In Massachusetts, Gov. Charlie Baker said at a news conference early today that snowfalls had already "significantly exceeded" expectations. Accumulation in the northern half of the state exceeded a foot in some places.

The cease-fire in eastern Ukraine appears to be largely holding — at least for the moment, defying skepticism that the second truce in six-months between government forces and Russian-backed separatists might immediately collapse.

The cease-fire went into effect at midnight Sunday (Saturday at 5 p.m. ET).

NASA's Solar Dynamics Observatory, which keeps a 24/7 vigil on the sun, just released this spectacular video composite to mark five years since the spacecraft was launched.

Updates at 11:15 p.m. ET: One shooting victim dies

The Associated Press is reporting that one of the three shooting victims outside of the Copenhagen synagogue has died.

Updated at 7:30 p.m. ET: A second shooting in Copenhagen

Danish police say gunfire near a Copenhagen synagogue left one person shot in the head and two police officers injured, Reuters reports.

Updated at 1:45 p.m. ET

Police in Canada say they've foiled a Valentine's Day plot to carry out a mass shooting at a mall in Halifax, Nova Scotia.

Dan Karpenchuk, reporting from Toronto for NPR, reports that one person was found dead and three others taken into custody on Friday by the Royal Canadian Mounted Police in connection with the alleged plot, which authorities say was not related to Islamic terrorism. The suspects reportedly planned to kill as many people as possible before committing suicide.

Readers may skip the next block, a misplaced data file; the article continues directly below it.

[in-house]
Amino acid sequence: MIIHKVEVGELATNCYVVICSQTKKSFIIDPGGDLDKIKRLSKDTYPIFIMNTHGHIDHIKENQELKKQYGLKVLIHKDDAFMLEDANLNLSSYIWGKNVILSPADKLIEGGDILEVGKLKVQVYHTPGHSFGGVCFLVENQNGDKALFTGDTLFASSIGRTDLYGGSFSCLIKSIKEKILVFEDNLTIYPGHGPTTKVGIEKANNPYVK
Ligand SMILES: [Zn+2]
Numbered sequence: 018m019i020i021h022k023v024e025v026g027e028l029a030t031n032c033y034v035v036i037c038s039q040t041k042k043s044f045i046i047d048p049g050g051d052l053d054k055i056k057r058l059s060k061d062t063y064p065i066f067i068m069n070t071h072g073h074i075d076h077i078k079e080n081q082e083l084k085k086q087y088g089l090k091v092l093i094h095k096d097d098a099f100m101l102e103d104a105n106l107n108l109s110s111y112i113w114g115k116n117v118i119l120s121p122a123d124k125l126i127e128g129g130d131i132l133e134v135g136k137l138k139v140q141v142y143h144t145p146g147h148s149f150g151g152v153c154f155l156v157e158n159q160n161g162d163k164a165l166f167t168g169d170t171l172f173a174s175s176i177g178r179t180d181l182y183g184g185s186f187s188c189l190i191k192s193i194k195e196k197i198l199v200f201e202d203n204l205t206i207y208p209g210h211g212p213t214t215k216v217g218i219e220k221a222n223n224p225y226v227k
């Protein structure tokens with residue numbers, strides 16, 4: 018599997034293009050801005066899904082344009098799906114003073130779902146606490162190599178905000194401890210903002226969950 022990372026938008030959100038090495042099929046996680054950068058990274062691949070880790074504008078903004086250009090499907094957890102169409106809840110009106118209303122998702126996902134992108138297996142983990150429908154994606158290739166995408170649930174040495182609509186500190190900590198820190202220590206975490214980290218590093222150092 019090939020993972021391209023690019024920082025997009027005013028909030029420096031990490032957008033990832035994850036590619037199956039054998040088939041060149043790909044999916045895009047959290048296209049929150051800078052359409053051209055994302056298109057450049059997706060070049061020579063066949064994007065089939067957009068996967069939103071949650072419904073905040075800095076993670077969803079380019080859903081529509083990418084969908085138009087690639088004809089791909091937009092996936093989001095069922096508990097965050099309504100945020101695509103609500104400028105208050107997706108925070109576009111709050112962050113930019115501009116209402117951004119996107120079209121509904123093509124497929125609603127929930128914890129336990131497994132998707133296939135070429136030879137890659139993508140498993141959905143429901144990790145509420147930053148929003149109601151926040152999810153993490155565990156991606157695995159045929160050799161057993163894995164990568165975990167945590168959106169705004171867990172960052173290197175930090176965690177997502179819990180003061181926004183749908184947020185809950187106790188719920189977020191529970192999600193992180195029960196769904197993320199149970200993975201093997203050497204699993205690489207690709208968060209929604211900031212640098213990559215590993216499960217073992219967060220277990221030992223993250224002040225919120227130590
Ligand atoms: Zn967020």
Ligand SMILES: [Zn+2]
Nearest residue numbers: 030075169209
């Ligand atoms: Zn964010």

Updated at 3:10 p.m. ET

A winter storm that has already dumped up to 8 inches of snow in parts of Michigan is set to bring blizzard conditions to much of the Northeast this weekend.

According to The Weather Channel, brutal winds, bitterly cold temperatures and lots of snow along the Eastern Seaboard from Long Island to Maine. New York and Philadelphia are among the cities under winter weather advisories.

Updated at 7:15 p.m. ET

Ukrainian forces and Russian-backed separatists traded artillery fire today in the hours leading up to a cease-fire deal that went into effect at midnight (5 p.m. ET). A few seconds after the cease-fire officially began, Reuters reported, shelling abruptly stopped in the eastern city of Donetsk. A Russia Today correspondent in Donetsk called the region "eerily calm" after midnight.

President Obama today described as "brutal and outrageous" the murders of three young Muslims who were gunned down in North Carolina earlier this week, saying no one in the U.S. should be targeted for their religion.

Utah's GOP-controlled House of Representatives narrowly approved a proposal to bring back the state's use of firing squads for executions, but the measure faces an uncertain reception in the Senate.

The 39-34 vote Friday came as missing lawmakers were rounded up to break a deadlock. The firing squad was discontinued in 2004.

The Associated Press says leaders in the Republican-controlled Senate won't say whether they will support the measure and Utah Gov. Gary Herbert, also a Republican, has not said if he will sign it.

The latest crop of North Korean slogans to mark the country's 70th anniversary has just been released. Stand back as they "cascade down and their sweet aroma [fills] the air":

-- Thoroughly get rid of abuse of authority and bureaucratism!

-- Let us raise a strong wind of studying the great Kimilsungism-Kimjongilism!

-- Fire an opening salvo of an ideological campaign and make our fire concentrated, regular and accurate!

You get the idea.

Pages